Q&As

Under English law, what is the difference between a 'dealer' and a 'distributor'?

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Published on LexisPSL on 30/03/2017

The following Commercial Q&A provides comprehensive and up to date legal information covering:

  • Under English law, what is the difference between a 'dealer' and a 'distributor'?
  • Can a manufacturer appoint a party under two separate agreements as its dealer and distributor on a non-exclusive contract to sell, market and distribute manufacturer's products within a specified territory? (ie UK)

Under English law, what is the difference between a 'dealer' and a 'distributor'?

Neither ‘distributor’ nor ‘dealer’ are terms which have a specific recognised meaning under English law. The courts will look at the substance of the agreement between the parties to determine the nature of it.

Unlike the terms ‘distributor’ or ‘dealer’, the term ‘agency’ does have a particular meaning under English law, see: Agency—overview. The terms ‘distributor’ and ‘agent’ are commonly compared and contrasted in commercial arrangements, as they offer manufacturers and other principals two distinct methods of taking their goods and services to market via a third party. See also: Distribution—overview.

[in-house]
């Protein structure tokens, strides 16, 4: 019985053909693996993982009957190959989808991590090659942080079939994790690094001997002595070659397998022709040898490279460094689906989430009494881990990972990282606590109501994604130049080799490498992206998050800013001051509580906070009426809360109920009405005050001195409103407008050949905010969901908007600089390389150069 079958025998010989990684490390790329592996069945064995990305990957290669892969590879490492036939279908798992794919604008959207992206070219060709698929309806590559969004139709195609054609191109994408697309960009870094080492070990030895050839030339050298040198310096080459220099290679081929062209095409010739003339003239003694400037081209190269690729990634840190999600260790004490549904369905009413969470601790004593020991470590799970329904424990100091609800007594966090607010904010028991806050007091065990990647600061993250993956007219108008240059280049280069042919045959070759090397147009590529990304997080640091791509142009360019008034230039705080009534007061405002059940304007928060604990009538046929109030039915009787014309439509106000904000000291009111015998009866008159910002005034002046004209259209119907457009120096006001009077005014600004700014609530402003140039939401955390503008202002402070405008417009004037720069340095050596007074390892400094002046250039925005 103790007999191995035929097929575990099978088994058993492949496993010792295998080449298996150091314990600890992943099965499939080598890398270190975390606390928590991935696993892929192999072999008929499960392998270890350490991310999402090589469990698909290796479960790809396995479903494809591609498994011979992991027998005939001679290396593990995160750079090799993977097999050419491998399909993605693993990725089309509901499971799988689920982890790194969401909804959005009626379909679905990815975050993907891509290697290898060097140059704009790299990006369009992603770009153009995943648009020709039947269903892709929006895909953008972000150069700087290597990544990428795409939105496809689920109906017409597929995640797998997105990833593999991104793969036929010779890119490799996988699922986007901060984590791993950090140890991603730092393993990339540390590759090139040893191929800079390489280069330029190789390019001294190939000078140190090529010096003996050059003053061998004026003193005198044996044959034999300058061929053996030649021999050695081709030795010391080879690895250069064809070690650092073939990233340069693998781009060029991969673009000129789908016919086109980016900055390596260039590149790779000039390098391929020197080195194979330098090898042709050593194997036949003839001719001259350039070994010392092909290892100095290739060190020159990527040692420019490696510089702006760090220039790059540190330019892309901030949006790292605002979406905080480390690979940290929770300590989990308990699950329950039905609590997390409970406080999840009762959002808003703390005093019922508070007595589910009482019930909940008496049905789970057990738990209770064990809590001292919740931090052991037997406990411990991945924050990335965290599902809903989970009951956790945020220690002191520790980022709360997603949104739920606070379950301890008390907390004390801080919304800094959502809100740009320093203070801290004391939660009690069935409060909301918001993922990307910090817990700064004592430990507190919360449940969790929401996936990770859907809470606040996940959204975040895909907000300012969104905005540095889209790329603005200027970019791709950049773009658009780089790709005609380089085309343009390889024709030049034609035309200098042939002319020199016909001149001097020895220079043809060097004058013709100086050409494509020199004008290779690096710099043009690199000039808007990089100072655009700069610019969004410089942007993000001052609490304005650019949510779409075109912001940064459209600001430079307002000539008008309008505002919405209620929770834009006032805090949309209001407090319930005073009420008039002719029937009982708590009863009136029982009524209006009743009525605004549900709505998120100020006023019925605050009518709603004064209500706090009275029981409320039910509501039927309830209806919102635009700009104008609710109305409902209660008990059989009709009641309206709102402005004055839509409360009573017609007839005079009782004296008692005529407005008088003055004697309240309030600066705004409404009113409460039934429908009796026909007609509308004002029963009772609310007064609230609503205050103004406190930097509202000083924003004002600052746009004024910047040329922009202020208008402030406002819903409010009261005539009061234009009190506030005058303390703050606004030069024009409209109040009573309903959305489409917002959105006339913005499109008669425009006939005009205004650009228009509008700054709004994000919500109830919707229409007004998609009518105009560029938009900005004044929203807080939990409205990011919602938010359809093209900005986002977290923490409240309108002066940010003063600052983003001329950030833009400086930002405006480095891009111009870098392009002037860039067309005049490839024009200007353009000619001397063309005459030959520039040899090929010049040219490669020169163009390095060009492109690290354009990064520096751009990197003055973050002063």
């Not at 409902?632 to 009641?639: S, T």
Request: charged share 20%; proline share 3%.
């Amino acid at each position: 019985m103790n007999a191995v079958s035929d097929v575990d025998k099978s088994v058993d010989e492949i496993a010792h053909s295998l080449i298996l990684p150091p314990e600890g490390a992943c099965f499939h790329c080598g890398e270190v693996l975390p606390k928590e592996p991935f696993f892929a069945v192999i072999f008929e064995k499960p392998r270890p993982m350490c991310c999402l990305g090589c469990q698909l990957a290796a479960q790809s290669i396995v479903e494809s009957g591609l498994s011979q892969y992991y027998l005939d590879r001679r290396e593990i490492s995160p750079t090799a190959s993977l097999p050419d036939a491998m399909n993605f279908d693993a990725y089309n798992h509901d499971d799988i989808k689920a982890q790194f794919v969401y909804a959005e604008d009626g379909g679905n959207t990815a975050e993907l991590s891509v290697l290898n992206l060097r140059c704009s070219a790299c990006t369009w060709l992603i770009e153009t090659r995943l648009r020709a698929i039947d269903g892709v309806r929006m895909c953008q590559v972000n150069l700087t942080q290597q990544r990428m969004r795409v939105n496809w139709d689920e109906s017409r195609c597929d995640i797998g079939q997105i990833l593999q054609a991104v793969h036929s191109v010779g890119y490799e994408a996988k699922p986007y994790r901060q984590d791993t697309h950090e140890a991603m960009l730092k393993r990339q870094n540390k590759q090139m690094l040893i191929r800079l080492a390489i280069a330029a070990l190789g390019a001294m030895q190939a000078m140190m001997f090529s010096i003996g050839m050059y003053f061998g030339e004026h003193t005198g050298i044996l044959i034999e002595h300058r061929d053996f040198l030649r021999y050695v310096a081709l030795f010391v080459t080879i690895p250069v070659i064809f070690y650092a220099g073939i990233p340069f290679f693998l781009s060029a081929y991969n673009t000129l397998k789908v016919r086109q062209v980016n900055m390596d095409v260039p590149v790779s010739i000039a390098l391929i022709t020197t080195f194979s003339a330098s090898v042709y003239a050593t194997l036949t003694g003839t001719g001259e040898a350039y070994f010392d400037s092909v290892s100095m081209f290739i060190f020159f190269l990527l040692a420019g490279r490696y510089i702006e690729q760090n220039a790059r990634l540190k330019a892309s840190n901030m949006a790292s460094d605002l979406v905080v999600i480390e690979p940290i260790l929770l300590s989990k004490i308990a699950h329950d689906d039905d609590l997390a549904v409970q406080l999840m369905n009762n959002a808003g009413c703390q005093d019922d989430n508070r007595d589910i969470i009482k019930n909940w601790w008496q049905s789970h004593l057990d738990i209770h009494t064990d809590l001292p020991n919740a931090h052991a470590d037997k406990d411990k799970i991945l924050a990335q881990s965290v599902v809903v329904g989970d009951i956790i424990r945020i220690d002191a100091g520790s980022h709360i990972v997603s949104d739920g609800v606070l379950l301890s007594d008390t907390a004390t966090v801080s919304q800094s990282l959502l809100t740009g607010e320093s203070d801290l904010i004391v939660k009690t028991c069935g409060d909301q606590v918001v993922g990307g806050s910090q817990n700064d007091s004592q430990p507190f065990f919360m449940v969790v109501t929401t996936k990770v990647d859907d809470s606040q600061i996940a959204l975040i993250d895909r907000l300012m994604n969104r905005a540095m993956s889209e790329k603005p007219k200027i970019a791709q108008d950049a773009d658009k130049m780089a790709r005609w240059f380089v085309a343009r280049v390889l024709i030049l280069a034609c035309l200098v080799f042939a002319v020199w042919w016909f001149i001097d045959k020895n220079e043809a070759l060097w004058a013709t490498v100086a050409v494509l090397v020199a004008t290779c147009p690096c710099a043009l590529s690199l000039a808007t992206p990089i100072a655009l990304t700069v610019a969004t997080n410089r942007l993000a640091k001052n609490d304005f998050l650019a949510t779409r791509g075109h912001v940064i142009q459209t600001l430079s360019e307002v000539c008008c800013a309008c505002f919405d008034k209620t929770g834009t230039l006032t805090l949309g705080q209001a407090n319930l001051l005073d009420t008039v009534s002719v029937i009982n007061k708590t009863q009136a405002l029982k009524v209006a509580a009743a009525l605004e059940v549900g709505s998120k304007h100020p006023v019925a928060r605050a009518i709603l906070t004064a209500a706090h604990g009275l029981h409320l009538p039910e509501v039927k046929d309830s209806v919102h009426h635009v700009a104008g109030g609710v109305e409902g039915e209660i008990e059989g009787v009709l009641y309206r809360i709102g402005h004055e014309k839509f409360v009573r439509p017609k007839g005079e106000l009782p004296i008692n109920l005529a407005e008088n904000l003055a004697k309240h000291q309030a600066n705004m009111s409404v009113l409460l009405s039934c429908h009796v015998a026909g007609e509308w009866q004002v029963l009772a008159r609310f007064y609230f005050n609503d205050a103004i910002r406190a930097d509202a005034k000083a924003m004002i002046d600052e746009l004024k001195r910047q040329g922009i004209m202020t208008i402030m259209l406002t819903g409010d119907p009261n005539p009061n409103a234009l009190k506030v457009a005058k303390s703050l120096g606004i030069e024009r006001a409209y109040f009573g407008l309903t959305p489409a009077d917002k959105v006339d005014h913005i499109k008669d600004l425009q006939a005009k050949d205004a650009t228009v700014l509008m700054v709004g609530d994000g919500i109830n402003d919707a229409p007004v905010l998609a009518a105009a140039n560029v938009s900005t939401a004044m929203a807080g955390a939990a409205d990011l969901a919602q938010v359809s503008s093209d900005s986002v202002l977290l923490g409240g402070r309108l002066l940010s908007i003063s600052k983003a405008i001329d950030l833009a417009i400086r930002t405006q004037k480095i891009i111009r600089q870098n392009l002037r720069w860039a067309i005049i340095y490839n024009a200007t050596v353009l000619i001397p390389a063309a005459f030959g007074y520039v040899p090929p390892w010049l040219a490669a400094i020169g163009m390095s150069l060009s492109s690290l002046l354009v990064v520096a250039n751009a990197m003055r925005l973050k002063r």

Distribution has certain features in common with agency, but the underlying legal principles are significantly different. A distributor would purchase products from a manufacturer and sell those products on to customers as an independent principal, applying a mark-up to the manufacturer's sale price in order to make a profit. For this reason a distributor can be referred to as a ‘re-seller’ in some jurisdictions. Title to the products passes to the distributor, and it is the distributor, not the manufacturer, who has the contractual relationship with customers.

By contrast, an agent negotiates and (sometimes) concludes contracts with customers on the principal's behalf and is remunerated by fixed or variable

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